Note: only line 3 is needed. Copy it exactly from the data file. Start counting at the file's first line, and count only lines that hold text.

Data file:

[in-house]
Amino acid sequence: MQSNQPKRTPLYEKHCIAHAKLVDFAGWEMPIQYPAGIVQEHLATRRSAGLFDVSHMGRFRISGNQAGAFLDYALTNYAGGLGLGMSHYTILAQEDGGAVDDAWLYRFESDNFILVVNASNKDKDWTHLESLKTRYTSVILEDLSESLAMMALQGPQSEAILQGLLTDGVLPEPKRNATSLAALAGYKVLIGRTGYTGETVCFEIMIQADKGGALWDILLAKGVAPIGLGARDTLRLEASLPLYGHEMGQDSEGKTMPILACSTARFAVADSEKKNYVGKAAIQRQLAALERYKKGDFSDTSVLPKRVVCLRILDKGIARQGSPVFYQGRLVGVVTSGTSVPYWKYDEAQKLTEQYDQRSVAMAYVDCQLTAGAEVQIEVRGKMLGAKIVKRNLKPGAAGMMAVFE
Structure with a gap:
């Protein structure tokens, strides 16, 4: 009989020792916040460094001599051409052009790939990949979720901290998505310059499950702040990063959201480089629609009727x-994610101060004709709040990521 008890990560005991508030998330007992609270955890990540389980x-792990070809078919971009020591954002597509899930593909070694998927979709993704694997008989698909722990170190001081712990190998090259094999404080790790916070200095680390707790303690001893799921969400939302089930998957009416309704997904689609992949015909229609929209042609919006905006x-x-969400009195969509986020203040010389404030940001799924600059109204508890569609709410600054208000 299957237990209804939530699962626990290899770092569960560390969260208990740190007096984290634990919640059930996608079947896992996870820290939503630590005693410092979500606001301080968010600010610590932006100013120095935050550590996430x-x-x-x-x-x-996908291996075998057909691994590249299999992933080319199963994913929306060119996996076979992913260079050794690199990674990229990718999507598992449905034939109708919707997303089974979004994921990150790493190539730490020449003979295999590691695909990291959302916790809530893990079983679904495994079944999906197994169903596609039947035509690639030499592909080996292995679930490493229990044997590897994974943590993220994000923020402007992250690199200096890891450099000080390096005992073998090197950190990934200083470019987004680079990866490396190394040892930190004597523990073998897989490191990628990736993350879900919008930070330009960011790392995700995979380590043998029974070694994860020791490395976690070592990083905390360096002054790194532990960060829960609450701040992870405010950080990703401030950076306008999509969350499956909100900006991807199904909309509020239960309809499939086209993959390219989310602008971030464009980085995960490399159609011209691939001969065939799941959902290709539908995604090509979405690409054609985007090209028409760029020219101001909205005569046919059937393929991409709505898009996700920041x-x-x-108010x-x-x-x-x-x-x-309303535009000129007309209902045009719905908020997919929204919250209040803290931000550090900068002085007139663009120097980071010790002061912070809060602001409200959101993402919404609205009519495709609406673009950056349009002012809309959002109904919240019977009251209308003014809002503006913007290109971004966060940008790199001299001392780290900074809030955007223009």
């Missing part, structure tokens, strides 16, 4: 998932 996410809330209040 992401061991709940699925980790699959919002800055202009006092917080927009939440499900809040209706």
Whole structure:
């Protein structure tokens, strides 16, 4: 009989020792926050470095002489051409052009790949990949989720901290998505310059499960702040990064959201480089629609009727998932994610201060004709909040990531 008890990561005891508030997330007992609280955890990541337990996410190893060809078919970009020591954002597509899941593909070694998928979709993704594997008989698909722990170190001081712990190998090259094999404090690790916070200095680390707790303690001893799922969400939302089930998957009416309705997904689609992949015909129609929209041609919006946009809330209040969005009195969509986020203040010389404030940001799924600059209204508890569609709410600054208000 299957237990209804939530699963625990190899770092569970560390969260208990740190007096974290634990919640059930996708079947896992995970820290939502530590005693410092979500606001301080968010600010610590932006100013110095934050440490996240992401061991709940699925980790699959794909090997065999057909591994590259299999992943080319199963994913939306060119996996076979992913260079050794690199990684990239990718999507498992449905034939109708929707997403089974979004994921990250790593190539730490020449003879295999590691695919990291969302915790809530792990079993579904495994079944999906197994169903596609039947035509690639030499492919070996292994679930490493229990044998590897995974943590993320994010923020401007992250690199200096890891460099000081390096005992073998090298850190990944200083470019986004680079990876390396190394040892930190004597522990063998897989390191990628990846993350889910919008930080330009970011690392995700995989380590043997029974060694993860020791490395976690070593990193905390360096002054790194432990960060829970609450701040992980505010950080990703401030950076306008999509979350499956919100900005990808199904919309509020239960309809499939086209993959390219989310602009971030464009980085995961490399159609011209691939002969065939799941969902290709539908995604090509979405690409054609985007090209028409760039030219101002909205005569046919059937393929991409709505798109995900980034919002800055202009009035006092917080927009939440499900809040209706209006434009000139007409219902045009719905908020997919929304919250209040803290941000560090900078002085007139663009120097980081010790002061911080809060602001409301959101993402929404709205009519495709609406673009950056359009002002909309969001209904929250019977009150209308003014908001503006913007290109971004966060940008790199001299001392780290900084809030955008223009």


Structure with a gap: